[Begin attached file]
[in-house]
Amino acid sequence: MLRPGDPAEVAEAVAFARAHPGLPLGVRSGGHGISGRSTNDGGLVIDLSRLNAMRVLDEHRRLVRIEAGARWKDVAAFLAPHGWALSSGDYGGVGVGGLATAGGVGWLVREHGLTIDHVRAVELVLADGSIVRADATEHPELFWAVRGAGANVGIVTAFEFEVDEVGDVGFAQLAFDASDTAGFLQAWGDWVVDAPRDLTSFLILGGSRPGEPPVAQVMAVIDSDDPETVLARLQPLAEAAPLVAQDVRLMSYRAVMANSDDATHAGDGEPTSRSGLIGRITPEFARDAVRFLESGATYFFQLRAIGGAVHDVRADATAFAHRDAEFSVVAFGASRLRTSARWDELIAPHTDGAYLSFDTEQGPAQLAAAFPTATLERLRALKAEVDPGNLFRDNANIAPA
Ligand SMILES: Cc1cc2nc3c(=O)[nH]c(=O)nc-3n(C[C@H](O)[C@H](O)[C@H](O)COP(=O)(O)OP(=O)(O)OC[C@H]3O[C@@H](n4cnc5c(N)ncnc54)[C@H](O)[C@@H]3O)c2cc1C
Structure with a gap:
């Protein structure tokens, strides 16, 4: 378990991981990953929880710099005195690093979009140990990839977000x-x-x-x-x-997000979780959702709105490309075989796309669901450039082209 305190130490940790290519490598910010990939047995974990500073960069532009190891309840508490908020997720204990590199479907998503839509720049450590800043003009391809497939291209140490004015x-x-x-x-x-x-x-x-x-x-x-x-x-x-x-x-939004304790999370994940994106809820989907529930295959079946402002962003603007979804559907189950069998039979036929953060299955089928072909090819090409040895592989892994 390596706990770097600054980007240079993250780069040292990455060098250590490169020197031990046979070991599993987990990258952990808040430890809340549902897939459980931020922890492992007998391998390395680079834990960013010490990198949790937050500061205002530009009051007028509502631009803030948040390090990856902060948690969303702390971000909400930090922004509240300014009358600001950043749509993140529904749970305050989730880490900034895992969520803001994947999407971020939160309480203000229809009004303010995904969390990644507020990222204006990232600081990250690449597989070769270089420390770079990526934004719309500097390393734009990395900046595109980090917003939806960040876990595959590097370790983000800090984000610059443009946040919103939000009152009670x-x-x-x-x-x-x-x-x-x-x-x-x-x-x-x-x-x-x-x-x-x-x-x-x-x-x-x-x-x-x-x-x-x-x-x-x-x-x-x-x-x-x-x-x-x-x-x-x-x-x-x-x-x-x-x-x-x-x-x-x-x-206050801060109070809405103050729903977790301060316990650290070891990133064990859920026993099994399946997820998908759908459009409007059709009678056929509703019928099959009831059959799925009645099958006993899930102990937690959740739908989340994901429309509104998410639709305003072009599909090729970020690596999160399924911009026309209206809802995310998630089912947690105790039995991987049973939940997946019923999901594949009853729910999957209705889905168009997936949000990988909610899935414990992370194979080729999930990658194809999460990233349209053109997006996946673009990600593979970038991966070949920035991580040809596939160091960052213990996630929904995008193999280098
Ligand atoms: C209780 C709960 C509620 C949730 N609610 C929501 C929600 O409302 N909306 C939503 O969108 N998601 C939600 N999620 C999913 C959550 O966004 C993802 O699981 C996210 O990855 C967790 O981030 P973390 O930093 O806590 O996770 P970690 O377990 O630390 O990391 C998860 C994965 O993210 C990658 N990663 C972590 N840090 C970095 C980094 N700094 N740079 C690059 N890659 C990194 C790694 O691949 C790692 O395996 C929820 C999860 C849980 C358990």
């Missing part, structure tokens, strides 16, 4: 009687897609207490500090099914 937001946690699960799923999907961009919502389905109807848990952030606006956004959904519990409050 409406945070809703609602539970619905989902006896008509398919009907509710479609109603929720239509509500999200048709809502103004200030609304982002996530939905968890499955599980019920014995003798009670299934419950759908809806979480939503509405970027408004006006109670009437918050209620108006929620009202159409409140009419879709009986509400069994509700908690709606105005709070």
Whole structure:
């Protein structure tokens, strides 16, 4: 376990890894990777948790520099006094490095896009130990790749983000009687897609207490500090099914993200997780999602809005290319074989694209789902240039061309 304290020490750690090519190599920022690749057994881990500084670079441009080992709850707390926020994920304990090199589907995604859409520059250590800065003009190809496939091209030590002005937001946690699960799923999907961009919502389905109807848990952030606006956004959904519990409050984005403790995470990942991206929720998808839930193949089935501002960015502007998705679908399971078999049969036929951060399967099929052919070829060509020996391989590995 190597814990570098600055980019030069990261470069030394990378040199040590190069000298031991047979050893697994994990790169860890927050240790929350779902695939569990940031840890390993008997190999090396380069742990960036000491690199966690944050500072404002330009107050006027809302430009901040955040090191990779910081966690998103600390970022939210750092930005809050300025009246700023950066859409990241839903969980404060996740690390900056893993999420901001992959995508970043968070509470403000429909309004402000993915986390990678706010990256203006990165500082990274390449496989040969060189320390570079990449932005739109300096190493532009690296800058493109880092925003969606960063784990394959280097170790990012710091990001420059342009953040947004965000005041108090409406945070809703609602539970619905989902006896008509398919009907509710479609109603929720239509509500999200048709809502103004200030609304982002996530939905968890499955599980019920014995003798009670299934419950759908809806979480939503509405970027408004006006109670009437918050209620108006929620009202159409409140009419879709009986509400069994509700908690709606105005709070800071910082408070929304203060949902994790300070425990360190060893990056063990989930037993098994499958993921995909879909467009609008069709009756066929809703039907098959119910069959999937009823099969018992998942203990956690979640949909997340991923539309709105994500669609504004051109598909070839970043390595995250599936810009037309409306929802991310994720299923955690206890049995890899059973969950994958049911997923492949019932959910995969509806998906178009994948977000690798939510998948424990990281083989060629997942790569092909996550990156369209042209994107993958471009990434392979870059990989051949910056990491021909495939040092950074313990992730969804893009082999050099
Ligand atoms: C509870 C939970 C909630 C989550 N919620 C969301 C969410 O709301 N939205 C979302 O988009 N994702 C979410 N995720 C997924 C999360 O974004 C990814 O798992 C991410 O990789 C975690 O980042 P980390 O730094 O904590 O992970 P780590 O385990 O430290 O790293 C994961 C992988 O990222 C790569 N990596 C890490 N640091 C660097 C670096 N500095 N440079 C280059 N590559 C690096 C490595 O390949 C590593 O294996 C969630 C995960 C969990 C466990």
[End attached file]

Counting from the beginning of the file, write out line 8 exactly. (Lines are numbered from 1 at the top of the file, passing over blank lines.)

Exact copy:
Whole structure: